This Thursday will be about more than thirst. All hail hunger at Big Bite Nite, where Houston’s most prestigious restaurants gather in one place — right here at HMNS!
Patrons can sample cuisine from around Houston — and around the world — from some 50 vendors, all while mingling among exquisite artifacts and enjoying music from Divisi Strings and live DJs.
From El Gran Malo to Gatlin’s to Le Mistral and the Reggae Hut, there’s something tried-and-true (or something totally new) for every taste.
For an up-to-the-minute list of participating restaurants, click here, and be sure to follow all our partnering eateries on Twitter for updates!
Hungry to attend but strapped for cash? Send us a picture of you taking your biggest bite ever, your most gargantuan gobble, your most champion of chomps, and you could win a four-pack of tickets! Tweet us with the hashtag #bigbitenite, tag us on Facebook or send it the old(er)-fashioned way to firstname.lastname@example.org. We’ll pick a winner at random on Tuesday, Sept. 25 — it could be you!
Tickets are $60 for the general public, $40 for museum members, and going fast. Click here to reserve yours today. Attendees must be 21 and over.
Click here for more behind-
the-scenes photos from our
video shoot at Anvil.
What makes a good cocktail? Attention to detail.
The fine folks at Anvil have attention to detail down. We went behind the scenes with Kevin, one of the co-owners, to capture those details, in the art and the chemistry that goes into making Anvil’s signature Ginger Beer, which they’ll be sharing with visitors at Big Bite Nite on April 29! (Tickets are going fast – get yours here.)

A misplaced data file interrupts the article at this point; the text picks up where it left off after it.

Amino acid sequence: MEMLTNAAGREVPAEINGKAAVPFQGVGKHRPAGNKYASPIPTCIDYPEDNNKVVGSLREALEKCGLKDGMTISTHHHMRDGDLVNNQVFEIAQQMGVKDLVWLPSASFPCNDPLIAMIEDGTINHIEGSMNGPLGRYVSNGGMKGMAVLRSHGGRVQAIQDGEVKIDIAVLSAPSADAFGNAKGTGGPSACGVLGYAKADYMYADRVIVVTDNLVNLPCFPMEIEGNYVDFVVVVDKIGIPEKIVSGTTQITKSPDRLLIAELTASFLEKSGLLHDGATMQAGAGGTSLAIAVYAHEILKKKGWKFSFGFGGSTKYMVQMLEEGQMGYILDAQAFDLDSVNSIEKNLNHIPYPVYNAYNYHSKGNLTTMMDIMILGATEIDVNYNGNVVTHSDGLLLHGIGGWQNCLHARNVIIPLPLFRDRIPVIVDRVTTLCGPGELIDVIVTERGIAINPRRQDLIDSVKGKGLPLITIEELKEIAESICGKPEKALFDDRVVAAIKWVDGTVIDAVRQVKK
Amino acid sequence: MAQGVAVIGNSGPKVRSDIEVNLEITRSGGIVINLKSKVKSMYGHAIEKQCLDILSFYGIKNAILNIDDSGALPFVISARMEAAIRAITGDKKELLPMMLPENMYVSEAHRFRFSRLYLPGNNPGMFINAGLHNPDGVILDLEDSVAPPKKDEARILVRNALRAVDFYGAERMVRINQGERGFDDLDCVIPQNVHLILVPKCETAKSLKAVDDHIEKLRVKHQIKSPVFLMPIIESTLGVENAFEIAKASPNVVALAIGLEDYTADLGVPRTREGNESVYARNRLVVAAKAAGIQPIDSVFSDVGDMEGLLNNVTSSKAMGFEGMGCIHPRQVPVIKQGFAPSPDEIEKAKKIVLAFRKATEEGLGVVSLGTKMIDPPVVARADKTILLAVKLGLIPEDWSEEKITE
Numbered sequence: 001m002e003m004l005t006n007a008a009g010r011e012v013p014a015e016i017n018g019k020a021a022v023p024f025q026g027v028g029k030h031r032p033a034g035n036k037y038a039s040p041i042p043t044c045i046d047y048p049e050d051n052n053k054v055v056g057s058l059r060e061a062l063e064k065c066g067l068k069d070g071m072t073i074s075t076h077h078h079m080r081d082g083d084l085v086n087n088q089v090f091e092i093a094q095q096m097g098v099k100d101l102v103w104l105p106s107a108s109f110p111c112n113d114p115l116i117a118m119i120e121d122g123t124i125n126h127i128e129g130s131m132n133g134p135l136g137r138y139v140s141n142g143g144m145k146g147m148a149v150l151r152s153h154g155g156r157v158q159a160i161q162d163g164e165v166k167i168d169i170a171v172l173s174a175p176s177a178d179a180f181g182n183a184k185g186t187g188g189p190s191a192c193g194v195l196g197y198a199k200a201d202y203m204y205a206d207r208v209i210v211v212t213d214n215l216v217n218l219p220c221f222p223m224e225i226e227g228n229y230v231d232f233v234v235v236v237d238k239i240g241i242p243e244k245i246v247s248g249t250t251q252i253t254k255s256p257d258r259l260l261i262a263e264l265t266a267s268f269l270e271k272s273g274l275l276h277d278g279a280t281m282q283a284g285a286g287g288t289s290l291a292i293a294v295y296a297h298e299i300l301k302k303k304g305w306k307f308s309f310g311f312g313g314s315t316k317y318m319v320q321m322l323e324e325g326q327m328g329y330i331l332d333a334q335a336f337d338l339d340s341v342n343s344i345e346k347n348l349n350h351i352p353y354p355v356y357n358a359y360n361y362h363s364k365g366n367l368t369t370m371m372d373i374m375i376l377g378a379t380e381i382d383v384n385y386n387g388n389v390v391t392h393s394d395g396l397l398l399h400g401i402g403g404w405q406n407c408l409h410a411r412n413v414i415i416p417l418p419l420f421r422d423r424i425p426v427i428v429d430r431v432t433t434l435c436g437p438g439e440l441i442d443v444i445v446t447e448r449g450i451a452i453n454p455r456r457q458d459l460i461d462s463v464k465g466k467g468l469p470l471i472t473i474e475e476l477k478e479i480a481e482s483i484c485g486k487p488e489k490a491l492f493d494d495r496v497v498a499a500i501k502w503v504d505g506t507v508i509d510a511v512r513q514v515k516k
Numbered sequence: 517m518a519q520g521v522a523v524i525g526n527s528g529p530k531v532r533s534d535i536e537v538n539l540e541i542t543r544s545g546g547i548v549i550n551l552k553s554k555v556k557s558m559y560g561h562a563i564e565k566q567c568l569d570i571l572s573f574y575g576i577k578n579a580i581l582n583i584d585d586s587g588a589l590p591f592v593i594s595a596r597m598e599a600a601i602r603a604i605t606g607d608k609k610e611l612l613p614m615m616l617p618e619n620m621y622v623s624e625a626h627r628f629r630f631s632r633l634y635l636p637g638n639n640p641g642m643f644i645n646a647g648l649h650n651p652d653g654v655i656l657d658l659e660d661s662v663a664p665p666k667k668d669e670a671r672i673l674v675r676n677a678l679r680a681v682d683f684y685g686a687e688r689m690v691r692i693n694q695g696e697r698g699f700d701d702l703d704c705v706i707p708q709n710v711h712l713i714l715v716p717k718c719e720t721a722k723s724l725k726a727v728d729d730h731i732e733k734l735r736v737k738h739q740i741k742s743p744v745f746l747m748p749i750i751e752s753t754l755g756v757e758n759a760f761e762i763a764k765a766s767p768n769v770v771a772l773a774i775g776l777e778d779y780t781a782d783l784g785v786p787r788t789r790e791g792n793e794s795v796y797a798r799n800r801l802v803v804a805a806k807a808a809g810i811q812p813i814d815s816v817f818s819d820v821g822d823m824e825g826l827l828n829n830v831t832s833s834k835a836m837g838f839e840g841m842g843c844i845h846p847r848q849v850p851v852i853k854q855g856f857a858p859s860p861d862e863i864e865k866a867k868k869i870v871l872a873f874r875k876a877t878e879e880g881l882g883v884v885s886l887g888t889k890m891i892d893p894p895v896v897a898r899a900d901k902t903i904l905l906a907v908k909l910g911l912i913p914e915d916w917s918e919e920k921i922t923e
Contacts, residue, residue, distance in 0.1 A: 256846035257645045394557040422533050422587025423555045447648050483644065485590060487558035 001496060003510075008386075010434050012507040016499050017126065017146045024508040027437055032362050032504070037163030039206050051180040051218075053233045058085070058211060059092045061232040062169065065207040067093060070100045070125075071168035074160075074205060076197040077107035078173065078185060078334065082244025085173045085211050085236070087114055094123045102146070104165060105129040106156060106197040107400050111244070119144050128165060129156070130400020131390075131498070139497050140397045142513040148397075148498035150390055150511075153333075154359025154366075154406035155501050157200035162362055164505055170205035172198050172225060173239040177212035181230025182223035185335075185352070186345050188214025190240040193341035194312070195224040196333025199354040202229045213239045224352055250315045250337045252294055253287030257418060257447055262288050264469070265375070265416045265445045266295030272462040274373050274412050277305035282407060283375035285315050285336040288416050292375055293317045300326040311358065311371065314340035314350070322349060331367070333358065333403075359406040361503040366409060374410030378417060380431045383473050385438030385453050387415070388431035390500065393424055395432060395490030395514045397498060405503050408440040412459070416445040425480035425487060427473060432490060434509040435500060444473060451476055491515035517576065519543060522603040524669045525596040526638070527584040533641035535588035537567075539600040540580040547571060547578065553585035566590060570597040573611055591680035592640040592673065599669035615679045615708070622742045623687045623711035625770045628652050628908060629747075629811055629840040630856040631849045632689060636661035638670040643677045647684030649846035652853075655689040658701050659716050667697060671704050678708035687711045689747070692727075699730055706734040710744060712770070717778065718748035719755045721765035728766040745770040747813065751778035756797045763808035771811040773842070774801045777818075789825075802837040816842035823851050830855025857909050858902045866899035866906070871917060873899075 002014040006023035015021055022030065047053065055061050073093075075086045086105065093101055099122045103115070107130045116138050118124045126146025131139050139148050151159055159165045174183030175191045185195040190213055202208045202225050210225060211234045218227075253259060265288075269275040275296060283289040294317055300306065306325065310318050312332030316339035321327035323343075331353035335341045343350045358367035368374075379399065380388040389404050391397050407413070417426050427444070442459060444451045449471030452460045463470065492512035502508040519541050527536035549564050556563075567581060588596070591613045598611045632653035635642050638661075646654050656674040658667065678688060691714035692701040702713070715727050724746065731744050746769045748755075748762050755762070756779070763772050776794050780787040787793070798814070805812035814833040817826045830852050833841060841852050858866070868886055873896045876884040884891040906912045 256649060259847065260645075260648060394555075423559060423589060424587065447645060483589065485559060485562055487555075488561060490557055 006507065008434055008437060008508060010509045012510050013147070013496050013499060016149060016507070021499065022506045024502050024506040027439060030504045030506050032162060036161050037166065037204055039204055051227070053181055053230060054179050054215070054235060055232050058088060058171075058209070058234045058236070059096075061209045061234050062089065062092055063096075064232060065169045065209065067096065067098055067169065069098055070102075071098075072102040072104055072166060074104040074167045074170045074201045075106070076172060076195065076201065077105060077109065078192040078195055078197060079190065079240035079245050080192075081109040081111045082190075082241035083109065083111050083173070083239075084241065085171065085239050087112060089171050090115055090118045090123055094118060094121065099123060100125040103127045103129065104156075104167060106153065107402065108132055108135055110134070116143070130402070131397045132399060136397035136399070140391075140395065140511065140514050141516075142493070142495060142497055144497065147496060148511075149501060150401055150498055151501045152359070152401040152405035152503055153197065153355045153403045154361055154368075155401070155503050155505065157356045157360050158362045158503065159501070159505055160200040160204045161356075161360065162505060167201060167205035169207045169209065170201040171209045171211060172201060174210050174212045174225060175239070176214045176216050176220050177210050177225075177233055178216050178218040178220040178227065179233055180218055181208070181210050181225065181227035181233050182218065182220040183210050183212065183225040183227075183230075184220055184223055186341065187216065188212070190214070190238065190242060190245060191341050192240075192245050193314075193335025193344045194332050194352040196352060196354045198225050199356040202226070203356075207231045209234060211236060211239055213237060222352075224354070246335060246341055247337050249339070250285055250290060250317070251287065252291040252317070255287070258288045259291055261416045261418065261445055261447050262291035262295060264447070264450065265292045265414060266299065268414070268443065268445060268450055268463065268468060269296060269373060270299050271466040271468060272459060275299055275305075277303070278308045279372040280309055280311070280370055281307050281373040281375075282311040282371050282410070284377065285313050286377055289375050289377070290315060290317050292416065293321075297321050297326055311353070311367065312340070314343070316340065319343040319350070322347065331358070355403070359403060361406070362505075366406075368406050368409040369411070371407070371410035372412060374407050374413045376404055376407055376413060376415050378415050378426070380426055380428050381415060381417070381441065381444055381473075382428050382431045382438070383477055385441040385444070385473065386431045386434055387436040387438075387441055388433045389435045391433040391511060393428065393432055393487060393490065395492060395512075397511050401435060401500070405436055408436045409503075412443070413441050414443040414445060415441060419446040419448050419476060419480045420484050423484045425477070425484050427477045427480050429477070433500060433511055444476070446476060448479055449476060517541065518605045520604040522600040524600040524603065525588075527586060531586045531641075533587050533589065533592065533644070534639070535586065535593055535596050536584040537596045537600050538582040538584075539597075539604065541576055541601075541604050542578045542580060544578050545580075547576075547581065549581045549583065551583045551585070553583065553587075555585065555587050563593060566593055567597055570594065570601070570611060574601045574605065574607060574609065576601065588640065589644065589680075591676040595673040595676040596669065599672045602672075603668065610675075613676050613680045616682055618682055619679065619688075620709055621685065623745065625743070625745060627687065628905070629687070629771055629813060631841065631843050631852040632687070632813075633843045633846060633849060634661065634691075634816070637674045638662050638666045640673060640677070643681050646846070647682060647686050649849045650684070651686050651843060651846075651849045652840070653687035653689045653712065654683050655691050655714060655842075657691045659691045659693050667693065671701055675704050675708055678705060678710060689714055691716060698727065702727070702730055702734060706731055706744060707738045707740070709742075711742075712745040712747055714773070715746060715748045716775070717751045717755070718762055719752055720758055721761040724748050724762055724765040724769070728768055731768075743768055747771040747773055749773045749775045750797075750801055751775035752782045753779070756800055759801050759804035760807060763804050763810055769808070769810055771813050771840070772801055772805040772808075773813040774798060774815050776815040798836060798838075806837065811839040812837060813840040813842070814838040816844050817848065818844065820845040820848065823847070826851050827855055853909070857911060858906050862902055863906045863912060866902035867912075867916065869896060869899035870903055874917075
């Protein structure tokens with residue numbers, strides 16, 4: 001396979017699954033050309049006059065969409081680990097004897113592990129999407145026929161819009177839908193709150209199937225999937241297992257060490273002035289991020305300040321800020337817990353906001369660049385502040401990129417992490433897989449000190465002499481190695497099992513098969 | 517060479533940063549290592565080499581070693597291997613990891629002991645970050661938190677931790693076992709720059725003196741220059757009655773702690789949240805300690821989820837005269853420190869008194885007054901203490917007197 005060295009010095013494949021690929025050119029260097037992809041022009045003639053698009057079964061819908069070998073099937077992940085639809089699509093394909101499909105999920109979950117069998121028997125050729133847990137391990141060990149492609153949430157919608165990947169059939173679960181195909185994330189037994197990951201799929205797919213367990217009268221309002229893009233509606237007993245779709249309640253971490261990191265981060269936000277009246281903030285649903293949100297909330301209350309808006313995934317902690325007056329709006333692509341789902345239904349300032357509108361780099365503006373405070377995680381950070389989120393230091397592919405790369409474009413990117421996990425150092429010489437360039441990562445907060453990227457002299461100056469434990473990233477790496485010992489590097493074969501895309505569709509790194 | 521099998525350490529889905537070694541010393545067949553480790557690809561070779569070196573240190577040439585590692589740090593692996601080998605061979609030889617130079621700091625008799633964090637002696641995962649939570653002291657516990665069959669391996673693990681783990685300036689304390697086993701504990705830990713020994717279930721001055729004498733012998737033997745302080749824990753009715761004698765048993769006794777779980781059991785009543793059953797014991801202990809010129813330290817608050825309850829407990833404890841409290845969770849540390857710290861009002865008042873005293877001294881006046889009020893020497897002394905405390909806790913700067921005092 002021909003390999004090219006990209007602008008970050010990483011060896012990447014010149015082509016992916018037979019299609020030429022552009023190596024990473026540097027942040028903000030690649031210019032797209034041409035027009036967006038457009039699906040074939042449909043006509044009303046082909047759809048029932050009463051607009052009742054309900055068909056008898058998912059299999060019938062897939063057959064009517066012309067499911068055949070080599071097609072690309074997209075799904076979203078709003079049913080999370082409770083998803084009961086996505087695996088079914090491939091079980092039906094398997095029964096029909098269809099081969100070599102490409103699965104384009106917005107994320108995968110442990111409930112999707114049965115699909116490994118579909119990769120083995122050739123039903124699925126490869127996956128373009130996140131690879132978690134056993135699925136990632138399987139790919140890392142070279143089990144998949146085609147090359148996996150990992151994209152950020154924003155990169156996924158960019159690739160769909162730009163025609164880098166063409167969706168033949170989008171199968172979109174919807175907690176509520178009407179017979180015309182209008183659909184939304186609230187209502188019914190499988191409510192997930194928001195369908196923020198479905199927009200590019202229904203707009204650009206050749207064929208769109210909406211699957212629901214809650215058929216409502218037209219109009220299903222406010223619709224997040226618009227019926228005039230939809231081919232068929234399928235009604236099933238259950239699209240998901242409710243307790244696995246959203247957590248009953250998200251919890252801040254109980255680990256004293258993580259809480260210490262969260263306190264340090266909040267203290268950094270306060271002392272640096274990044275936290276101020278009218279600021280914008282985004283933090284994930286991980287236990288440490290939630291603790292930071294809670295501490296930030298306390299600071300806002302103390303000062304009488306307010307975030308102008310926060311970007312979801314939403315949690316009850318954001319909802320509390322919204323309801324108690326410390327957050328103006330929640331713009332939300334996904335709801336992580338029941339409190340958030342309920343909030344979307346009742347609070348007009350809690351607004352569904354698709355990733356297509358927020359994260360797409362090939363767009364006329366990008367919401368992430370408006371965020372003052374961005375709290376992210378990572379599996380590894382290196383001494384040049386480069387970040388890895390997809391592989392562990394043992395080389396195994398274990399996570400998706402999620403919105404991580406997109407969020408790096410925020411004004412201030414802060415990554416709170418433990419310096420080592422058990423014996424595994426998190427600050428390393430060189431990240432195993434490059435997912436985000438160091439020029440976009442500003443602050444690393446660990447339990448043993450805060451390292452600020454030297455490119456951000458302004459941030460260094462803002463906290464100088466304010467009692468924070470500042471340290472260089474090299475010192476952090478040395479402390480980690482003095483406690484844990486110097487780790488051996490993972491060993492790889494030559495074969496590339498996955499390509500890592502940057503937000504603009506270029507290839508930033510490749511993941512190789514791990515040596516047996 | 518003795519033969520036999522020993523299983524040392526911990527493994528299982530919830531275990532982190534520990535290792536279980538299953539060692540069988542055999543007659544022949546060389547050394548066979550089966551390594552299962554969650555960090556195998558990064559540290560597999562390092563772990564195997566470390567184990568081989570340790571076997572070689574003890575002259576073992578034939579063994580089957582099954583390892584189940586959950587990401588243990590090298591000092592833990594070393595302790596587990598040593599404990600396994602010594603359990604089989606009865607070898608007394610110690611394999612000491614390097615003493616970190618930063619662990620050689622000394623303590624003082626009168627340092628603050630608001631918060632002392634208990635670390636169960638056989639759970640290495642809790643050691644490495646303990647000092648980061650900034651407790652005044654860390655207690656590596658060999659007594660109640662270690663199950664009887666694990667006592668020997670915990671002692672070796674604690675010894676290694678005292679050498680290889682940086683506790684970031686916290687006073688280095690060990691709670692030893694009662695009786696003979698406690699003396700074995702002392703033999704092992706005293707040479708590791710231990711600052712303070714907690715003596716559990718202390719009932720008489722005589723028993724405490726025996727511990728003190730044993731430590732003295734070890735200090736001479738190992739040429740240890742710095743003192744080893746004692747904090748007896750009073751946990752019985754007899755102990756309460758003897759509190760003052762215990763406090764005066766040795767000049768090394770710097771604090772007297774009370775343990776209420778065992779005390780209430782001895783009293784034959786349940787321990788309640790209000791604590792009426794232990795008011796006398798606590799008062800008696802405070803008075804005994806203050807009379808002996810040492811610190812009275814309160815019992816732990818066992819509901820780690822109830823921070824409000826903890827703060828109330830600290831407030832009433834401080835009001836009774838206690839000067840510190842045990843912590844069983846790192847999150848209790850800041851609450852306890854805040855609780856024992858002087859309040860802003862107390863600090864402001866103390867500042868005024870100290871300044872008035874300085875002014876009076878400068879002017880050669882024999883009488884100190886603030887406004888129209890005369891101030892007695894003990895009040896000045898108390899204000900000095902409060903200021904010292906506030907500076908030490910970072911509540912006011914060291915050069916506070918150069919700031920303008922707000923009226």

Despite its more familiar, sweet incarnations in ginger bread or gingerbread men – ginger itself is actually quite spicy. And the process of getting juice from a ginger root was both strange (when was the last time you juiced a root?) and fascinating.
Kevin kicked it up a notch by adding habanero peppers (which, you might remember from an earlier video, can just about burn your lips off if you’re not careful) just before final splash (or fizz) of CO2.
Even just a quarter of one habanero pepper was enough to make this quite a spicy spirit. It was a tad too much for me – but that’s just me. You can test your tastebuds on April 29, when Anvil samples it’s Ginger Beer-based cocktail at Big Bite Nite!
You may be surprised at the range
of plants that have spice in them!
Essentially – it comes from plants. Spice is all natural! And Smithsonian Magazine recently published a fascinating article about the evolution of spice in plant populations. To quote the article:
“The heat-generating compound in chilies, capsaicin, has long been known to affect taste buds, nerve cells and nasal membranes (it puts the sting in pepper spray). But its function in wild chili plants has been mysterious.”
In other words, despite the fact that humans enjoy super-spicy salsa, fiery Indian vindaloo or eye-watering wasabi – and that we’ve been “spicing up…food with chilies for at least 8,000 years” – there doesn’t seem to be an immediately obvious reason for plants to develop this characteristic.